Paola Caridi, Ph.D., journalist and historian, lecturer at Palermo University (Italy). Caridi lived in Cairo and Jerusalem from 2001 to 2012, where she worked as a reporter and analyst on Middle East affairs. She wrote extensively (essays and books) on MENA region, especially on Palestinian and Egyptian politics. Among her books, Hamas: From Resistance to Government (NY, Seven Stories Press, 2012). Here recent book, Jerusalem without God, has been published in 2017 by the American University in Cairo Press. From 2008 she maintains her blog, invisiblearabs.com, on Arab popular culture and politics.
The times in which we live are rife with interventions - humanitarian, financial, and political - into the inner affairs of sovereign states. Deep incisions into the body politic, they injure even as they seek to heal, upturning conventional understandings of the state as an autonomous entity by inserting foreign elements beneath its skin. This paper sketches out a genealogy for these practices, tracing them back to the nineteenth-century Mediterranean and the particular sovereign arrangements born of the Ottoman empire’s unhappy encounter with Britain and France. From the 1830s onwards, it argues, these two states devised novel ways of organising population, territory, and debt and new understandings of sovereignty.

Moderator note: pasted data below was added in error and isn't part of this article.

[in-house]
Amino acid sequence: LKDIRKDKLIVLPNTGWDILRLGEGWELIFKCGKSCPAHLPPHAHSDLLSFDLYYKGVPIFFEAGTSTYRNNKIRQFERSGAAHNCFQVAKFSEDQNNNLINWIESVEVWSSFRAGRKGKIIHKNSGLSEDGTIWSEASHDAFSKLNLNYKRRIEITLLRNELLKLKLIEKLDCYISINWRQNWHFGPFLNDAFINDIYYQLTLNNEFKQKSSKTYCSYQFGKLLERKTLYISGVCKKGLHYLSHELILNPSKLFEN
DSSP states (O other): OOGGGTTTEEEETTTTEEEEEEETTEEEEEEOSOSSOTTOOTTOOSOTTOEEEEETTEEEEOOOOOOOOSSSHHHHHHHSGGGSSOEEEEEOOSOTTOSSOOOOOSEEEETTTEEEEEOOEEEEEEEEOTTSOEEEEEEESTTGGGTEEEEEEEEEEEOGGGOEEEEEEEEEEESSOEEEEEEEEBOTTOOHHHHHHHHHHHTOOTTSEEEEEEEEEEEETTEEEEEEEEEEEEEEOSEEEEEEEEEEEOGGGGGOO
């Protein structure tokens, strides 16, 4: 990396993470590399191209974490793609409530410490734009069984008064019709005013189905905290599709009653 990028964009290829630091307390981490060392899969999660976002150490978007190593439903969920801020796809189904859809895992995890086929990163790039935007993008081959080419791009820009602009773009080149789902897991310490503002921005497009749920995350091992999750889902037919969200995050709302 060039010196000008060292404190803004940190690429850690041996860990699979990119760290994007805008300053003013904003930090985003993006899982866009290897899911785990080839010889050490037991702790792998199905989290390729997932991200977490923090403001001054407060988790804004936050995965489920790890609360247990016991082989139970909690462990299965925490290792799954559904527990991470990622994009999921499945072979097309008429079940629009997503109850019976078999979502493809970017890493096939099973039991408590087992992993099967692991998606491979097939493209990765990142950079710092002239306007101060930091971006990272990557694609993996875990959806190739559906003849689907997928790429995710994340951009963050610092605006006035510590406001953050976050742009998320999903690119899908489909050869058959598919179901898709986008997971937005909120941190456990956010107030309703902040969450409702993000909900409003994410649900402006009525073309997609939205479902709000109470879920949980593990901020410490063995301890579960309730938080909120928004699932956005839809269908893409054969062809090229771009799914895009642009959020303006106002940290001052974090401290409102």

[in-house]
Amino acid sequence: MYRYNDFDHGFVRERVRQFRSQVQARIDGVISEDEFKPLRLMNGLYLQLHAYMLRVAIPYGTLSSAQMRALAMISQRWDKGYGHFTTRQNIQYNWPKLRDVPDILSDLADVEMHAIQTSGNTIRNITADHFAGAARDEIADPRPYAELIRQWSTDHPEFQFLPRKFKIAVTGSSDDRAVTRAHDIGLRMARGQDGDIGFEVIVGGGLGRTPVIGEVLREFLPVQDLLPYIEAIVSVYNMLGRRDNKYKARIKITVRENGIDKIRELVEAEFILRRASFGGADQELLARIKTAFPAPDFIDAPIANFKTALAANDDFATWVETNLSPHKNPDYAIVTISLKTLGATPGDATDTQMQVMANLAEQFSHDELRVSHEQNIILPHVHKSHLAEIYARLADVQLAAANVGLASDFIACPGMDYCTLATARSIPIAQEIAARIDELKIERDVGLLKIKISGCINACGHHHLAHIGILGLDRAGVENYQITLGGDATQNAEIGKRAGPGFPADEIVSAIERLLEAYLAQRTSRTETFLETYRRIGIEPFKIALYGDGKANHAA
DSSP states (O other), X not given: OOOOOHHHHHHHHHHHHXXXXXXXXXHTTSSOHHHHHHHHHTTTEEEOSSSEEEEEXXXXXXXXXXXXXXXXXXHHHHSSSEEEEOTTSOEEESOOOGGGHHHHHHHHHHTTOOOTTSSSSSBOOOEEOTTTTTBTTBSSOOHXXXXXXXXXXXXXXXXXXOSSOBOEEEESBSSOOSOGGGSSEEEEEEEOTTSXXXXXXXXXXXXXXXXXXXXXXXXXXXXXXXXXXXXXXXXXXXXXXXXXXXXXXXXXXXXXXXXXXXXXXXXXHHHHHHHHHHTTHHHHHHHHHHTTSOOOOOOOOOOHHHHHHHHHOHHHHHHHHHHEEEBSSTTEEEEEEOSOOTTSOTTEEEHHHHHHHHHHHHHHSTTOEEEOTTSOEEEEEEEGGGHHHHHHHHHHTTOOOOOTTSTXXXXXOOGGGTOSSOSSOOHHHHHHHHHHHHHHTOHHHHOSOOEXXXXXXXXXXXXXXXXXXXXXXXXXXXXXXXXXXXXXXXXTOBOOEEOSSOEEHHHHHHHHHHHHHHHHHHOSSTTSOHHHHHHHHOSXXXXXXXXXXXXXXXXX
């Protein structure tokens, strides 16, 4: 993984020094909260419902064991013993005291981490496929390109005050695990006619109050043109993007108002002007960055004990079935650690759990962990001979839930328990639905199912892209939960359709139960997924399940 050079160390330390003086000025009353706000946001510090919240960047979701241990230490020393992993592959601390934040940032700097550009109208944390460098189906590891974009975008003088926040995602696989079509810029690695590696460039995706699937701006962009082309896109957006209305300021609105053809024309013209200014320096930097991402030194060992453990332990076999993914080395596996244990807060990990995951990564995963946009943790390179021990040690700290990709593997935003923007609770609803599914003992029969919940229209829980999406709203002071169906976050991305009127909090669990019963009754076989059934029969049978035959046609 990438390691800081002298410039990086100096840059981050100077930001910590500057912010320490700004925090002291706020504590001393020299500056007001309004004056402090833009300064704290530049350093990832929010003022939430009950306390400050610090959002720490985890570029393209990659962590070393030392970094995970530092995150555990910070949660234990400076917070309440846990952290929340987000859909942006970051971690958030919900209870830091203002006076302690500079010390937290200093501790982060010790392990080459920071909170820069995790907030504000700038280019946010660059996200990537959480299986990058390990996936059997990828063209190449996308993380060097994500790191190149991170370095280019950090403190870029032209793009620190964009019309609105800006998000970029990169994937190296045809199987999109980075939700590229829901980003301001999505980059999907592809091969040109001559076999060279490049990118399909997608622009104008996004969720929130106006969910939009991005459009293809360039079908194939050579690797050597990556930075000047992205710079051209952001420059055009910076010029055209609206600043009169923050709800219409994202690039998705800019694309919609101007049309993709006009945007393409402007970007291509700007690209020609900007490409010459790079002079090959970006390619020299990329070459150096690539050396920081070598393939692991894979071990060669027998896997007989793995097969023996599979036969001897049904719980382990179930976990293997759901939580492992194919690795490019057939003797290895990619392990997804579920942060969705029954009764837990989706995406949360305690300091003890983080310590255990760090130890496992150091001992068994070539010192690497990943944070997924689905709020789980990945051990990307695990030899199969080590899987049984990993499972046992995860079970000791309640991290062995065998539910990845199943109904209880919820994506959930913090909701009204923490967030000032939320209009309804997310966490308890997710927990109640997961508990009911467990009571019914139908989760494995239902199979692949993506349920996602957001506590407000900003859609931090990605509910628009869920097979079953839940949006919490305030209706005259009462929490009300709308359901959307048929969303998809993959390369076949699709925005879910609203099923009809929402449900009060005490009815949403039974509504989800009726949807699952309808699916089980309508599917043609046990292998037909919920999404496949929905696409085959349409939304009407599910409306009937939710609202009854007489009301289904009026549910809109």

In Tunis, the first collections of antiquities were established in the 18th - 19th centuries. European Consuls, foreign scholars, and international traders acquired most of the archaeological remains then available from the ancient city of Carthage. Whether growing out of their personal taste, commercial considerations, or a desire for cultural distinction, they enriched the collections of major European museums. This collecting practice was not limited to foreigners, but also touched the local ruling class.
TALK | New Frames for the Bey of Tunis: Creating an Official Art in the Age of the Great Reforms (1830-1881)